Reblogged from Dagliga Bilder

priceofliberty asked: What do you think of the recent claims by General Mills that 'liking' their online content, downloading their coupons, or entering their sweepstakes subject you to binding third-party arbitration in the event that you try to bring a suit against them? Do you see any merit to these claims?

I stopped “Liking” Facebook pages years ago. General Mills isn’t the only company to include policies into consumer behaviour and information involving their social media pages. 

I would like to first place a disclaimer that I am unfamiliar with the legal position in the US. However, I think it’s a practice that should be struck down purely on a floodgates principle. It would set an unacceptable precedent allowing companies to deny their consumers the right to seek damages under contract law. 

There’s also the question on the acceptance of these terms when “Liking” their Facebook page and whether it can be relied upon in Court. Regardless, going into the hypothetical legal arguments is pointless at this stage because the practical reality is that you will be hard pressed to find a lawyer willing to take on a case they view as unprofitable.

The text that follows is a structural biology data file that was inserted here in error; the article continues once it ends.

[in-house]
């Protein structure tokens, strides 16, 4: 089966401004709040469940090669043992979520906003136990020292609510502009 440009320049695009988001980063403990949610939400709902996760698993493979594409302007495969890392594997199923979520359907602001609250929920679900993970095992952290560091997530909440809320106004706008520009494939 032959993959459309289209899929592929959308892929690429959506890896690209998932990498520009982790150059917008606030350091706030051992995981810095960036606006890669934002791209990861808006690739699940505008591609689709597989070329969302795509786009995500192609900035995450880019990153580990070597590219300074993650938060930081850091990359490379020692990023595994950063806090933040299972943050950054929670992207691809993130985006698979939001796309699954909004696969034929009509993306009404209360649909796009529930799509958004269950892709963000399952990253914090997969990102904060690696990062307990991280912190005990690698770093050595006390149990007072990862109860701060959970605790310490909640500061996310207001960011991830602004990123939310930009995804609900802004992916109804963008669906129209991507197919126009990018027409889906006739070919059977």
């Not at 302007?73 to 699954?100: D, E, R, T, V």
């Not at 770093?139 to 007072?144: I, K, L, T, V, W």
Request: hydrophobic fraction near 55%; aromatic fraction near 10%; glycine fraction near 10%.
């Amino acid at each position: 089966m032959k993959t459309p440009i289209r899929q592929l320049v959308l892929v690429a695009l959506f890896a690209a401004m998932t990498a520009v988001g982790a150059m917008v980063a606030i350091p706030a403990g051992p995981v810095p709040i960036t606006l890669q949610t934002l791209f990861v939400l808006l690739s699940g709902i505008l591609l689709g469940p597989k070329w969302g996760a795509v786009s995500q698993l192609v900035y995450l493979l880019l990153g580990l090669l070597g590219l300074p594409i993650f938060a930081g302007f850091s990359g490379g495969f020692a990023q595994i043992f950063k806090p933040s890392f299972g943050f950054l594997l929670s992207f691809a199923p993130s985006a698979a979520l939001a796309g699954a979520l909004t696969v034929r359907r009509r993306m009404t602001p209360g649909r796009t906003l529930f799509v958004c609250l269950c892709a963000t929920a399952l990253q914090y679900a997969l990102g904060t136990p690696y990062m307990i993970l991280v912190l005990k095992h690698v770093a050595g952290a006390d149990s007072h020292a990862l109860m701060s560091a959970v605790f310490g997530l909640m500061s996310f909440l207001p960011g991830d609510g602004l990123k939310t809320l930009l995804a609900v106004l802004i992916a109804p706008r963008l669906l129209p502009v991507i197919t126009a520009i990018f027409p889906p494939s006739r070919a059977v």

Sorry not sorry. 

What can I say? I like puns.


Law of Equity.


C’est all right pour some, quoi?


I should stop scrolling Tumblr during class

My notes look like this:

So many feels. Dude should get a settlement. Too much stupid here. I’m so done. 


A reminder outside the law library…

“Right now, while you are still in law school, make the commitment – not just in your head, but in your heart – that, although you are willing to work hard and you would like to make a comfortable living, you are not going to let money dominate your life to the exclusion of all else…BELIEVE in something- CARE about something – so that when the culture of greed presses in on you from all sides, there will be something inside of you pushing back. Make the decision now that you will be the one who defines success for you”. – P Schiltz (1999).


The academic study of law is like reading sheet music without an instrument: one can more or less make it out, but as with music, law only comes alive in its performance.

Reblogged from Brian John Spencer